Tuesday, December 21, 2010


I found the smallest Booker Prize winner and gave it a go. Here's what I thought of the 1979 winner.

On the river Thames, there lives a collection of people in houseboats. There's Richard, married to Laura. There's Maurice, a male prostitute. There's Nenna, a single mother of two. There's Willis, an artist. They all reach a crisis, and deal with it.

I hated this book. Hated it. I wasn't sure at any point if this was a comedy or a tragedy. The tone is so off putting that I struggled to finish a 140 page novel.

Penelope Fitzgerald, the author, introduces a sizable cast, considering the book's short length, and she only bothers to develop maybe two or three of them. The characters are mostly interchangeable, especially in voice. Every single person seems to have the same stilted distant dialogue, with oddly formal vocabulary, including the eleven year old. But even the eleven year old can be switched with the male prostitute, and the results are the same.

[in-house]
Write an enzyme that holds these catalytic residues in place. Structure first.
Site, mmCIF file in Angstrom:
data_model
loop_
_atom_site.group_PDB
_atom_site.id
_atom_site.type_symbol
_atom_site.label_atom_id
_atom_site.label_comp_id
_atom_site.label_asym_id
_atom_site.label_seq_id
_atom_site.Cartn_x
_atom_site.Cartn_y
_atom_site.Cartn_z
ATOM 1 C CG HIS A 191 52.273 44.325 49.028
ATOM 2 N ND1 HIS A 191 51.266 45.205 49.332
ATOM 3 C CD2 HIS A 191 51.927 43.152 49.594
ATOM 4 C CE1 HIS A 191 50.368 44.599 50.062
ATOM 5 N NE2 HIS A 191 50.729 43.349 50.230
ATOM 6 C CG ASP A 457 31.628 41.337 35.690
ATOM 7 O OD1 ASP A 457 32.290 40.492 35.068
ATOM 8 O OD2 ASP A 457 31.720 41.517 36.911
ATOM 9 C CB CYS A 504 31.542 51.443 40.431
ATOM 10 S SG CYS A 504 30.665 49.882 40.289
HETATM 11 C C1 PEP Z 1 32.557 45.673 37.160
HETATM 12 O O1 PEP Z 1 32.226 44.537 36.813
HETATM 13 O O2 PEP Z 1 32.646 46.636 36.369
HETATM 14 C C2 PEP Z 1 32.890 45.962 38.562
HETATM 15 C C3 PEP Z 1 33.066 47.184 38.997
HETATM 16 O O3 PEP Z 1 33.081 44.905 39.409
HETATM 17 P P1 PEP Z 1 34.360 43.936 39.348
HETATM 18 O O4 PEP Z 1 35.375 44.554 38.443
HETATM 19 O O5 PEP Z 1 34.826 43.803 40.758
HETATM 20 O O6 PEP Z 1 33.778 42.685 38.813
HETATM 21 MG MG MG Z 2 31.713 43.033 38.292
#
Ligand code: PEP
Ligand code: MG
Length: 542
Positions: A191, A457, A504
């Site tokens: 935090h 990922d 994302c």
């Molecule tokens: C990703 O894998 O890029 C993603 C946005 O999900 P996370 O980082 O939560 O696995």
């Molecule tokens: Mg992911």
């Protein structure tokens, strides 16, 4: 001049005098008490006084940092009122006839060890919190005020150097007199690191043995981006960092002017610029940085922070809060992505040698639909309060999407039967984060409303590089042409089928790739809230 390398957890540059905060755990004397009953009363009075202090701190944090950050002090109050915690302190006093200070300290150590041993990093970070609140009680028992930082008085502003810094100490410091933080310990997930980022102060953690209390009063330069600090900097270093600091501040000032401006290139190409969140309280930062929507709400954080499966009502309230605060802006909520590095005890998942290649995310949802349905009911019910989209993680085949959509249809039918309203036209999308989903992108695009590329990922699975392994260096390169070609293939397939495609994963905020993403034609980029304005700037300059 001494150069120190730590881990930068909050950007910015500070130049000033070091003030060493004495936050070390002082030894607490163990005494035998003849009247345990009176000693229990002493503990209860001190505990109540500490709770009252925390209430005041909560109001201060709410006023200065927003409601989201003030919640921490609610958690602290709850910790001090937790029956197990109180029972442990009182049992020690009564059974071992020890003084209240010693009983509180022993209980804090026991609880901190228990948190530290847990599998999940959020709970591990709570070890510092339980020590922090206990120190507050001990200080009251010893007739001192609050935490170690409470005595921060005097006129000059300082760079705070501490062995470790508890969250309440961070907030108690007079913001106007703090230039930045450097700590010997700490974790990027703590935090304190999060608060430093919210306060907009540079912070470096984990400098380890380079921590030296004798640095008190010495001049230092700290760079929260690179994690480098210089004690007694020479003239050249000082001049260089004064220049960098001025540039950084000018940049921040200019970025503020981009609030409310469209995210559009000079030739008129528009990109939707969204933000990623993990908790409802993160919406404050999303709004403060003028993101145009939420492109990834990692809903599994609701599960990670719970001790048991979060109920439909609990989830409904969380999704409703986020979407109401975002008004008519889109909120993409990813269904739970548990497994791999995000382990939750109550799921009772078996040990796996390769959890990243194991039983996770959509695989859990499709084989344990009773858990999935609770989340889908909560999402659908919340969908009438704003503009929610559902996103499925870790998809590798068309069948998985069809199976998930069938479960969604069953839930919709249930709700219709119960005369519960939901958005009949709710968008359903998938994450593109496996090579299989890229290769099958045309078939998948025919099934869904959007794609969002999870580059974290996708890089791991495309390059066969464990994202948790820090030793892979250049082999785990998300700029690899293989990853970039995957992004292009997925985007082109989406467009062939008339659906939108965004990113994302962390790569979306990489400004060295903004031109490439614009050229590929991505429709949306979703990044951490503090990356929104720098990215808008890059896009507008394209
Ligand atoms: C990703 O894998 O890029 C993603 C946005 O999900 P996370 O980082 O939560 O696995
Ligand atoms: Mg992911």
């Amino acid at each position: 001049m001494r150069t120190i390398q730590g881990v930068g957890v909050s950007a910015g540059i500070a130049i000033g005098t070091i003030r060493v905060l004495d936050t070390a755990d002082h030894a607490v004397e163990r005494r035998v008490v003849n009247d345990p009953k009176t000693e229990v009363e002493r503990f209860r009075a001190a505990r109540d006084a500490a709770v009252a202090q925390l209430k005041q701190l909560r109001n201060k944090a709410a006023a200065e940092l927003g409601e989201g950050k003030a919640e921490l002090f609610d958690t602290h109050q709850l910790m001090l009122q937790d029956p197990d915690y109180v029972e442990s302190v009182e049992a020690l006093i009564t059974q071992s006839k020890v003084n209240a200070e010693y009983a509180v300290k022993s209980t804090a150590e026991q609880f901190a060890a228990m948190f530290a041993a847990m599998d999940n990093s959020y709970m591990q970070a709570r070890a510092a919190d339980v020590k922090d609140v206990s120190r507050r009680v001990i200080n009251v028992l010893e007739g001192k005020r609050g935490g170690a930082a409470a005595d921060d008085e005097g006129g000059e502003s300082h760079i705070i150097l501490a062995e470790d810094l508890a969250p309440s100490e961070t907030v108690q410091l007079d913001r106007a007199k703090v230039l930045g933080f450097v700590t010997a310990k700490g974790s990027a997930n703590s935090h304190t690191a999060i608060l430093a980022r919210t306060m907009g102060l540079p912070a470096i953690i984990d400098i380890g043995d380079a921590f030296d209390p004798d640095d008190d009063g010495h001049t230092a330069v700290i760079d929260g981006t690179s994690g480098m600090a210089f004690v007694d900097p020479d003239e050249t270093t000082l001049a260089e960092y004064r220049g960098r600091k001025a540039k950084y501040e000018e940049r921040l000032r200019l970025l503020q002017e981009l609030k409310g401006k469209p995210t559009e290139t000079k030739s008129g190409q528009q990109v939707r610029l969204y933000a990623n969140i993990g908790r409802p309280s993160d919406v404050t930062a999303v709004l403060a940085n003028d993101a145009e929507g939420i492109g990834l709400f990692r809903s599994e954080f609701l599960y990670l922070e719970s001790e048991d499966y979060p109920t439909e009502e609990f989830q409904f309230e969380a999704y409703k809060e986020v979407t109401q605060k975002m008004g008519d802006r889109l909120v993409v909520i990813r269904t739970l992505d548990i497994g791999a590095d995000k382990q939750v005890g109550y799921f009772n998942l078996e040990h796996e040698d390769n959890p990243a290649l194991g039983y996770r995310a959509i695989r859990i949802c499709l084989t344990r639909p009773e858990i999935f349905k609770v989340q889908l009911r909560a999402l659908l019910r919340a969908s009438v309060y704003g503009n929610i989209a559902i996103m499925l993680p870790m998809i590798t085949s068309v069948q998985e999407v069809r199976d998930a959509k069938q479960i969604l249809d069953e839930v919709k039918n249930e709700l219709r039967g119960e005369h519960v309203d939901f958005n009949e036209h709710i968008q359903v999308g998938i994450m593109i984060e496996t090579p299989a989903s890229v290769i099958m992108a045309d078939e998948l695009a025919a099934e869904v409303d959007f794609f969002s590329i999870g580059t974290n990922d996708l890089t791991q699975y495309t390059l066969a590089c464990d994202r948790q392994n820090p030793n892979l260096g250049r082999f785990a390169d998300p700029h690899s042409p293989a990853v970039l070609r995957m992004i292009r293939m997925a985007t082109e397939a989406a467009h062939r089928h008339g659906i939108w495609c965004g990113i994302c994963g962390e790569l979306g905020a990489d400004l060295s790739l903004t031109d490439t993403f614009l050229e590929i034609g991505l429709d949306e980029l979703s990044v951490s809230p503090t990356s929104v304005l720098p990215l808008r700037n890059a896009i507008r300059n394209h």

I know what the book is about: people living in between worlds, the land and the sea, their divided selves. It's not good when the exceedingly helpful dust jacket does all the thematic heavy lifting. Only at a couple points does Fitzgerald allude to her thesis - no, allude isn't the word for it. Perhaps a better way of saying it is that when Fitzgerald mentions her theme, she points to it with neon signs.

I think the major problem of this book, the one from which all other complaints stem, is the novel's length. It's either too short or too long. If Fitzgerald had written another 100 pages, and drawn her characters out a little more, I probably would have liked it better. Conversely, if this novel had been trimmed to short story length, I would have no doubt loved it for its minimalism. But Fitzgerald tries to have it both ways, striving for minimalism, but complicating it with detail.

I hated Offshore. I thought the tone was so off putting as to make the novel interminable, an amazing feat for a 140 page novel. I hated the interchangeable characters. I hated the forced themes. I'm not even convinced Fitzgerald even said anything relevant about the duality of her own cast. I will not be reading another novel by her.

Looking at the novels shortlisted in 1979, I can see why the Booker Prize was awarded to this slight, disposable volume: there were no alternatives.

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